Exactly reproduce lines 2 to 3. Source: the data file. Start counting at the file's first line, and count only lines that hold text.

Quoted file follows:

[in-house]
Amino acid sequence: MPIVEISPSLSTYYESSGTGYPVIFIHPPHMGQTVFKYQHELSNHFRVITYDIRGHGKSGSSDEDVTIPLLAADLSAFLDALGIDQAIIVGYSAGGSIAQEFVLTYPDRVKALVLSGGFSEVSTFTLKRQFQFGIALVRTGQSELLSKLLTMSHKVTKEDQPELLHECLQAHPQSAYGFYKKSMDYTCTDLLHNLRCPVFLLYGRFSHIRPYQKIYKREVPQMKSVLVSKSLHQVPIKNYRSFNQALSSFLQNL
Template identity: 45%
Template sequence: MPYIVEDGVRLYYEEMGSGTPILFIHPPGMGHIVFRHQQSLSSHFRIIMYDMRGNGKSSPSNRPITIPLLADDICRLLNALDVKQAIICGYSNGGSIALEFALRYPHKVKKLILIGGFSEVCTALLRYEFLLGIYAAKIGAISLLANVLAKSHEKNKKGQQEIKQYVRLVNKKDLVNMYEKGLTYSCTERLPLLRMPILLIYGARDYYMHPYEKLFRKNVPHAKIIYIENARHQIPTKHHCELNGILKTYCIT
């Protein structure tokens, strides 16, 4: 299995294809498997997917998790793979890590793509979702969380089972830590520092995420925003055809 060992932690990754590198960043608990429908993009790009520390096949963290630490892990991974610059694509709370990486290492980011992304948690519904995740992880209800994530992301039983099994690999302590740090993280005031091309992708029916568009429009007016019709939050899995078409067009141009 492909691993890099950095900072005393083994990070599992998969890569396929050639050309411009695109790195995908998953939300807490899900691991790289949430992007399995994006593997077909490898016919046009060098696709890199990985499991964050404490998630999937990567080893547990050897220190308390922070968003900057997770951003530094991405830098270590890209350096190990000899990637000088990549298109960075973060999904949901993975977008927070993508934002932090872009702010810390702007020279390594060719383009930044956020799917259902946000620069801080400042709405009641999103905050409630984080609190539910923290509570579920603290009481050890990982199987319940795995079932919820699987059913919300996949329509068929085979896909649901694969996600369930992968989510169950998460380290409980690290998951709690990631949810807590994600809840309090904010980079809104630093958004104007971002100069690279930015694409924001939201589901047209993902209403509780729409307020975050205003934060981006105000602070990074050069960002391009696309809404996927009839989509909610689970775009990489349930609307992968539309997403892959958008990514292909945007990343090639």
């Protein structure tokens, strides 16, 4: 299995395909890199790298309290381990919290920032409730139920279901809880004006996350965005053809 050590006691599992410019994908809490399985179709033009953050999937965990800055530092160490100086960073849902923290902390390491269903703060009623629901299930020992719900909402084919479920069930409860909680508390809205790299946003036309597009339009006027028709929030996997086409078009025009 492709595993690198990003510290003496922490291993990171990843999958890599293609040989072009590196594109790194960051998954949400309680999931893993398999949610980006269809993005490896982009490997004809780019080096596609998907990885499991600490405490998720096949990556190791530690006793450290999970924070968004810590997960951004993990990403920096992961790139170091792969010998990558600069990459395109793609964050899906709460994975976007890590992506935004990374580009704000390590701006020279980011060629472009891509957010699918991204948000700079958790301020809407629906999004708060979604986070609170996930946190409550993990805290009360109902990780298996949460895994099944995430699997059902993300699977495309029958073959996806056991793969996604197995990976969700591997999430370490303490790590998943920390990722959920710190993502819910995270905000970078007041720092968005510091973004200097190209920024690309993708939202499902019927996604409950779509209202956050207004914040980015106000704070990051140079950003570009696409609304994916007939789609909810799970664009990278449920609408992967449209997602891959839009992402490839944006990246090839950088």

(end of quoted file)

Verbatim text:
Amino acid sequence: MPIVEISPSLSTYYESSGTGYPVIFIHPPHMGQTVFKYQHELSNHFRVITYDIRGHGKSGSSDEDVTIPLLAADLSAFLDALGIDQAIIVGYSAGGSIAQEFVLTYPDRVKALVLSGGFSEVSTFTLKRQFQFGIALVRTGQSELLSKLLTMSHKVTKEDQPELLHECLQAHPQSAYGFYKKSMDYTCTDLLHNLRCPVFLLYGRFSHIRPYQKIYKREVPQMKSVLVSKSLHQVPIKNYRSFNQALSSFLQNL
Template identity: 45%